What’s in a name?: The Supreme Court Reviews ambiguity in SoPA Payment Claims

Those who are familiar with the Building and Construction Industry Security of Payment Act 1999 (‘the Act’) will likely be aware that the provisions it contains are quite strict, and can leave parties out in the cold when they fail to comply with what are seemingly administrative oversights.

However, the overarching purpose of the Act is ultimately to keep money flowing through the construction system, aimed at ensuring those who perform building and construction works, or supply goods and services to construction projects are able to be paid.

The Supreme Court of New South Wales, in the recent decision of decision Modog Pty Ltd v ZS Constructions (Queenscliff) Pty Ltd [2019] NSWSC 1743 reminded parties of this fact when asked to turn its mind to issues of ambiguity in payment claims and whether a party could be allowed to have an adjudication determination quashed on the basis of technicalities.

The Facts

The facts of the case were reasonably clear and did not form a substantial component of the dispute between the parties. In September 2016, Modog Pty Ltd (‘Modog’) entered into a design and construct head contract with Wyndora 36 Pty Ltd (‘Wyndora’) for the development of senior living apartments at a property located along Wyndora Avenue in Freshwater. Modog then entered a sub-contract with ZS Constructions (Queenscliff) Pty Limited (ZS Queenscliff) for the demolition of the existing structure and the construction of the new seniors living complex, including apartments, basement parking and associated site works (‘the Sub-Contract’).

In March 2018, the Sub-contract was varied to engage ZS Queenscliff to provide Construction Management and procurement services, for which ZS Queenscliff would receive a project manager’s allowance, a contract administrator’s allowance and payments for subcontractors and suppliers to be made at the end of each month.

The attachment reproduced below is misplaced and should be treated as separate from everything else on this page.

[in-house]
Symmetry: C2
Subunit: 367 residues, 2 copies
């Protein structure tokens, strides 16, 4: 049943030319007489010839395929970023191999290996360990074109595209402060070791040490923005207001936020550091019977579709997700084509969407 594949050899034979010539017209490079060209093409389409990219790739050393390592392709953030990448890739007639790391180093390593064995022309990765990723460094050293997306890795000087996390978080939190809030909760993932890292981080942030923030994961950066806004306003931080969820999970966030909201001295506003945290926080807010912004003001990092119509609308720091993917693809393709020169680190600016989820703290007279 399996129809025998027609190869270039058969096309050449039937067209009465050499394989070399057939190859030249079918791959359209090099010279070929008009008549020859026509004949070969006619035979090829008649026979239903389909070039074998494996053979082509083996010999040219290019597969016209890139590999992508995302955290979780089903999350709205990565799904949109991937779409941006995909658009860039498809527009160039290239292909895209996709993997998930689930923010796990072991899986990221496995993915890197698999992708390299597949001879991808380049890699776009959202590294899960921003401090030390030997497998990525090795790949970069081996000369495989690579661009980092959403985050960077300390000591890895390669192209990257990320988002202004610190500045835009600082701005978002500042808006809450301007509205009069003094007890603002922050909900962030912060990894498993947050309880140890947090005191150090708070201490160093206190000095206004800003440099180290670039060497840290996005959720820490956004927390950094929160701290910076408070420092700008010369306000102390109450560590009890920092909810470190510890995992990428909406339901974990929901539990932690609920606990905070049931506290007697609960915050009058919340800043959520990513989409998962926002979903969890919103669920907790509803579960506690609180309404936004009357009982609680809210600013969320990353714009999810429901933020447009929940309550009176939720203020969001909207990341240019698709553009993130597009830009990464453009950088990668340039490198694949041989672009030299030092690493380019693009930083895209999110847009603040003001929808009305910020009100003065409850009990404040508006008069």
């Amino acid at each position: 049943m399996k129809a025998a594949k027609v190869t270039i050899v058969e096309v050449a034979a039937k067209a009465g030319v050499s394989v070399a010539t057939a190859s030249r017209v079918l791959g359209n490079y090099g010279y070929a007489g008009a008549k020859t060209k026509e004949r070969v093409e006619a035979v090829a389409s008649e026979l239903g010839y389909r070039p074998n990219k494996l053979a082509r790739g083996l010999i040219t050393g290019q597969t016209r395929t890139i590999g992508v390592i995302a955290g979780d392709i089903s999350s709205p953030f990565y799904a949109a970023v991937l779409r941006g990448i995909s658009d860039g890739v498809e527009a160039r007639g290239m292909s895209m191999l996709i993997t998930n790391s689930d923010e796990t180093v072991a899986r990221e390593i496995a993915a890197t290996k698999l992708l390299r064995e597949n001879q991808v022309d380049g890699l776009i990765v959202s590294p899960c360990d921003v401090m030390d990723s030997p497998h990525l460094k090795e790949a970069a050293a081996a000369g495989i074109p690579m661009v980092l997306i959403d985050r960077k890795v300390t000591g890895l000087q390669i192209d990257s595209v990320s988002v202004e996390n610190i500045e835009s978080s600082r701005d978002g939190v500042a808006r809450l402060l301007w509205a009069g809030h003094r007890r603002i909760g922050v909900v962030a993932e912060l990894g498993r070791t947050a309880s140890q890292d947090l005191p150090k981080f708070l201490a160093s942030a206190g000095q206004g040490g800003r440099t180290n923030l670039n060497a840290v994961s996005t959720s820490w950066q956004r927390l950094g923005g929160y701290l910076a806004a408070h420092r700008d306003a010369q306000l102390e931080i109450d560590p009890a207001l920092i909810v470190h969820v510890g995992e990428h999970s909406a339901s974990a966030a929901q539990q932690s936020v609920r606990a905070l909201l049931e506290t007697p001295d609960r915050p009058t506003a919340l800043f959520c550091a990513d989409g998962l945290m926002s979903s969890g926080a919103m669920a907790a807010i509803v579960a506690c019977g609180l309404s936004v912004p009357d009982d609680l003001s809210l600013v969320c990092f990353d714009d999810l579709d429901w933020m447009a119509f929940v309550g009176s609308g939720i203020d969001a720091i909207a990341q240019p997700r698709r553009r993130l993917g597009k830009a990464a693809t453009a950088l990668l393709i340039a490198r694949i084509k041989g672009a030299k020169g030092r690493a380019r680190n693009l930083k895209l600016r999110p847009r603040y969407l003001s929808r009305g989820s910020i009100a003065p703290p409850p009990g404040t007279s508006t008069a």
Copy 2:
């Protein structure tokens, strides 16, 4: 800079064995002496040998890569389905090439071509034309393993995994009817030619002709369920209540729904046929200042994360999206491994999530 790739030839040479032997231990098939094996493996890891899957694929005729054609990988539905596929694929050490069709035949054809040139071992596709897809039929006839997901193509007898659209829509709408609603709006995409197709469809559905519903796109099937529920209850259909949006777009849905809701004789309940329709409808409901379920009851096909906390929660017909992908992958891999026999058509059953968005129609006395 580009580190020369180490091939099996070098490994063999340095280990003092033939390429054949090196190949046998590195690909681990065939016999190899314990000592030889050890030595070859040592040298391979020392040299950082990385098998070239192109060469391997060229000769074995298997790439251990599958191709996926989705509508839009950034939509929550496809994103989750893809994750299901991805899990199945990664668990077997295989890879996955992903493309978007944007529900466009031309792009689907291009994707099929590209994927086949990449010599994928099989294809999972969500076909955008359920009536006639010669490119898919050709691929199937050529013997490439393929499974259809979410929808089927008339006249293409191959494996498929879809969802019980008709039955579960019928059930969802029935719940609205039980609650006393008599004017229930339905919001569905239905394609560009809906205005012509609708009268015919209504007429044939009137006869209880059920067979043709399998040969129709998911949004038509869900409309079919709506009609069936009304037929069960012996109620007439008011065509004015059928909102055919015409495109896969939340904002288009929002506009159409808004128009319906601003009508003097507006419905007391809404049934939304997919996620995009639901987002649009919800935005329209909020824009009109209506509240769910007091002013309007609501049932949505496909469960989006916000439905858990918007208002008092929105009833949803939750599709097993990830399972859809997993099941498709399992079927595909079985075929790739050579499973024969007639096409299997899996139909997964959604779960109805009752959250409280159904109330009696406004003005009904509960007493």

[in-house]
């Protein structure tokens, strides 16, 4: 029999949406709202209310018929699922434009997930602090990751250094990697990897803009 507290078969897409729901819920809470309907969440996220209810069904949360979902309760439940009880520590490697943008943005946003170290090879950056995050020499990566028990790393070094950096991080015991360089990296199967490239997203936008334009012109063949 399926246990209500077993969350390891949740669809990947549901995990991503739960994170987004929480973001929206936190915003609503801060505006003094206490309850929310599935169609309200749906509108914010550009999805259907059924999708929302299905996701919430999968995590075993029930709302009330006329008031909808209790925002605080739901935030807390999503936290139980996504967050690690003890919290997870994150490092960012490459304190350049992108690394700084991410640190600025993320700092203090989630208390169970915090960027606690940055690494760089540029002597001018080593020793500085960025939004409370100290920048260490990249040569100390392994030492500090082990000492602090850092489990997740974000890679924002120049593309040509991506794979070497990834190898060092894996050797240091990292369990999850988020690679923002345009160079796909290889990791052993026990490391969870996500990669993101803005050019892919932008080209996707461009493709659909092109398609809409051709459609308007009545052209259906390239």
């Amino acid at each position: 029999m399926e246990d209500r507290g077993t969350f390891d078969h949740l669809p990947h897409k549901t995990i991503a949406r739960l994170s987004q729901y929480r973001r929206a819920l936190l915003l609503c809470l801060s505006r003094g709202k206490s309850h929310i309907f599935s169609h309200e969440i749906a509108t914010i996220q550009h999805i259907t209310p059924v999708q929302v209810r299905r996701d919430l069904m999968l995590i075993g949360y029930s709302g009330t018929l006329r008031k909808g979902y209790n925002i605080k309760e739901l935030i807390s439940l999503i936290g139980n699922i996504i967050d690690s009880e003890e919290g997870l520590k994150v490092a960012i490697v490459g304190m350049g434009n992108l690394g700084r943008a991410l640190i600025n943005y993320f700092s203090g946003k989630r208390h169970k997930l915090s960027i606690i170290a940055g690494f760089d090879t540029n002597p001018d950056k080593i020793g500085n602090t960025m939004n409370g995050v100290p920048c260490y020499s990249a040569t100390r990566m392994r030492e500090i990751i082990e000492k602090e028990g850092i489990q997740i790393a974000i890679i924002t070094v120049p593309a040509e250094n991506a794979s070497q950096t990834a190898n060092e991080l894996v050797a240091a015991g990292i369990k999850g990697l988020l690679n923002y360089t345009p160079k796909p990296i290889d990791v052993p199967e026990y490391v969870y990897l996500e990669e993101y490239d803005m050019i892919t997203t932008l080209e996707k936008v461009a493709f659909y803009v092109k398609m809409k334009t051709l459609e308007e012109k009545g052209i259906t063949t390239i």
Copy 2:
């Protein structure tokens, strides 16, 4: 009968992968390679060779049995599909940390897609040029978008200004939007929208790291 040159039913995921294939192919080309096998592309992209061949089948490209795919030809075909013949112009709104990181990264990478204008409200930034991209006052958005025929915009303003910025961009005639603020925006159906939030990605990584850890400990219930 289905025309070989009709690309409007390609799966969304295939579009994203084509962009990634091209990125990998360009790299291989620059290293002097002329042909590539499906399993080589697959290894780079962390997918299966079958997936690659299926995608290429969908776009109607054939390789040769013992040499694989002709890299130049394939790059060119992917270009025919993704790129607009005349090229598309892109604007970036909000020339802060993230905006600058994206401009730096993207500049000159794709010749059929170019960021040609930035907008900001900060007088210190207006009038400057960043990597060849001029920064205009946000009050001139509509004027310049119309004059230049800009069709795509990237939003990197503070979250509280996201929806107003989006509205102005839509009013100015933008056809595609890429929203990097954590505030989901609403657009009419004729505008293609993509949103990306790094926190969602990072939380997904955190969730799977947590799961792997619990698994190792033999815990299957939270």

ZS Queenscliff was part of a wider group of entities, which also included ZS Constructions (Australia) Pty Ltd (‘ZS Australia’) and Zaarour Investments Pty Ltd had been engaged as the project manager for the project. Mr Christopher Zaarour was employed by ZS Queenscliff, was the director of ZS Constructions Pty Ltd and was the primary contact with Modog for the duration of the project.

The further sub-contracts on the project were administered by ZS Queenscliff, however invoices from sub-contractors had historically been issued to a mixture of Modog, Wyndora and ZS Australia, as opposed to ZS Queenscliff. During the course of the project, ZS Queenscliff and Modog adopted a progress payments process in which Mr Zaarour would, on behalf of ZS Queenscliff, prepare and email a payment summary sheet listing all amounts due for procurement and management services, as well as materials acquired, and work completed by trade contractors.

On 29 August 2019, Modog issued a Show Cause Notice to ZS Queenscliff and terminated the Sub-contract on 13 September 2019.

The Payment Claim and Adjudication

On 11 September 2019, ZS Queenscliff served a payment claim on Modog which was comprised of seven emails, from Mr Zaarour using an email signature from Zaarour Sleiman and containing a reference to ZS Australia in fine print at the bottom of the email.

The emails attached supporting invoices from suppliers, and followed the process adopted in earlier progress payments, where sub-contractors and suppliers had addressed their invoices to a mixture of the entities involved with the project, and not to ZS Queenscliff, who were issuing the payment claim.